Spider-Man 2 (PG)
Time Out saysWhat’s a superhero to do when he fancies – nay, loves – a girl but there’s a whole load of crime to fight in the big, bad metropolis? Peter Parker (Tobey Maguire) hits a mid-career existential crisis in this superior follow-up to the original, and the result is all the more interesting for it. Sure, Spidie still emits goo from his wrists and swings through the streets in pursuit of comic book criminals (there’s no terrorist threat in this New York City), but he does so with a heavy heart. Superman was always most intriguing when he was battling his own powers – cowering at the sight of Kryptonite or drunkenly flicking peanuts at bartenders in ‘Superman 3’. Now, poor old Parker joins the line-up of good guys having a crisis. He’s fed up and depressed. Hell, he doesn’t even know if he wants to be a crimefighter anymore, goddammit! Welcome to twenty-first-century America; where even superheroes need a shrink.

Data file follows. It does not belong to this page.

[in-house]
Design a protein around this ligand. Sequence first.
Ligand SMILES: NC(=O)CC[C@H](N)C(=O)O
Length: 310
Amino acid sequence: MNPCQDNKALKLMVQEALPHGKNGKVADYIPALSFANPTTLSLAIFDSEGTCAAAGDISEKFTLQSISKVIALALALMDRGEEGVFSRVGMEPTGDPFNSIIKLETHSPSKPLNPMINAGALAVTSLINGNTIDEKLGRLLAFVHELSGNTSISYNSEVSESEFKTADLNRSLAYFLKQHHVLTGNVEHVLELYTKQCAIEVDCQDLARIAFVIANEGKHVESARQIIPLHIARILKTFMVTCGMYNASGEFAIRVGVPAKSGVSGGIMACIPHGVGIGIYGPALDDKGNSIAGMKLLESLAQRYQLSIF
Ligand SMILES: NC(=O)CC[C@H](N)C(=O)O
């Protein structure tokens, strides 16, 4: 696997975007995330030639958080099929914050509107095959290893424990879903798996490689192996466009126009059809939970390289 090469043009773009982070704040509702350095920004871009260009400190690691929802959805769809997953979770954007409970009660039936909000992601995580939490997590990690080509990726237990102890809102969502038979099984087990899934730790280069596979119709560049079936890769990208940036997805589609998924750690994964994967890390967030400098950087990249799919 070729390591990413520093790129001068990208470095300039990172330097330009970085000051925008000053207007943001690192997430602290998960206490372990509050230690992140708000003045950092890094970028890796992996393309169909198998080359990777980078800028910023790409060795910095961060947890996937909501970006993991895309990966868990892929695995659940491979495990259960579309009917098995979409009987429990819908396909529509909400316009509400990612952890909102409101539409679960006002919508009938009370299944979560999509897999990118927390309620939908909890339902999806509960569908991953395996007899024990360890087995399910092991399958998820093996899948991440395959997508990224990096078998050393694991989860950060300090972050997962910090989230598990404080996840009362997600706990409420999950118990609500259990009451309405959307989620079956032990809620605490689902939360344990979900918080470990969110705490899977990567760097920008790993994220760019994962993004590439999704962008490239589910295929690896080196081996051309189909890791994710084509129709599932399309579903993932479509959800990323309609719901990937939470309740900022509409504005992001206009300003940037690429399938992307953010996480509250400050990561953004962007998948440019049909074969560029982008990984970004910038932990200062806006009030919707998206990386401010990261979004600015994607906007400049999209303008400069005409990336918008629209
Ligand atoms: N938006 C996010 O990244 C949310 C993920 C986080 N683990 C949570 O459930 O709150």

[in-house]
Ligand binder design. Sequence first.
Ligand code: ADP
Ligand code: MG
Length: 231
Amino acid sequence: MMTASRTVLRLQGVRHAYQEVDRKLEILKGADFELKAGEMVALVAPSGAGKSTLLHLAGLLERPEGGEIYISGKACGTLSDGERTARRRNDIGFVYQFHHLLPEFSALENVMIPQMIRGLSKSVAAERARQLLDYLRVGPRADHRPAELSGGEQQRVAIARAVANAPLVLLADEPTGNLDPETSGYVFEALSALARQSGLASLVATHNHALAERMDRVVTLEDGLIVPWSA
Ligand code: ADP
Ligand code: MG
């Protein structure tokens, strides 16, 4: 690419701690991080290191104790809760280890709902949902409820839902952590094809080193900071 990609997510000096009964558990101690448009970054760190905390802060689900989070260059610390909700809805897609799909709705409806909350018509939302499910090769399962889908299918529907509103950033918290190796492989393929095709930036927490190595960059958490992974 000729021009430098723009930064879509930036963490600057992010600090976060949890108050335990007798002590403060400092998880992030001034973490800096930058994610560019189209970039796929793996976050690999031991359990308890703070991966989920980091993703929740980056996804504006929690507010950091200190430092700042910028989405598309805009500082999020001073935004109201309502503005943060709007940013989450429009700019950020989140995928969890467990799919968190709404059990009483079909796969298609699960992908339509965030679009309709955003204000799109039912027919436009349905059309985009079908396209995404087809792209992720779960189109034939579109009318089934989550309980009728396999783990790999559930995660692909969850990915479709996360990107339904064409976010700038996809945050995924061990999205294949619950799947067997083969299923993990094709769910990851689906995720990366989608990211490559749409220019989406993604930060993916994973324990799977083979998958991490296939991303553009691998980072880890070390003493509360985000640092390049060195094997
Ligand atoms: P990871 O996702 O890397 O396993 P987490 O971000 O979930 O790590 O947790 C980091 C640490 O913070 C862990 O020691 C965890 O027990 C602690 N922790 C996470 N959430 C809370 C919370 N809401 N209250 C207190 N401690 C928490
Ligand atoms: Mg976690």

The problem? Sweet old Mary Jane Watson (Kirsten Dunst) is still on the scene, tempting Parker to renege on his earlier commitment to duty over domesticity. But there’s trouble brewing in the world of science: maverick nuclear physicist Otto Octavius (Alfred Molina) accidentally turns himself into an eight-limbed, metallic creature who looks pretty nifty in a black leather coat and sunglasses. Molina makes a great bad guy; less of a caricature than Willem Dafoe’s Green Goblin and more menacing as a result of scrimping on the camp histrionics.
It’s not all neuroses and nuclear science. Two centrepiece showdowns between Octavius (or ‘Doc Ock’ as the Daily Bugle tags him) and Spider-Man – the first on a speeding subway train, the second on a derelict pier – make for excellent, gripping viewing. All in all, this sequel is a blockbuster with both a heart and a brain. And Raimi leaves the door wide open for the next, hopefully welcome instalment.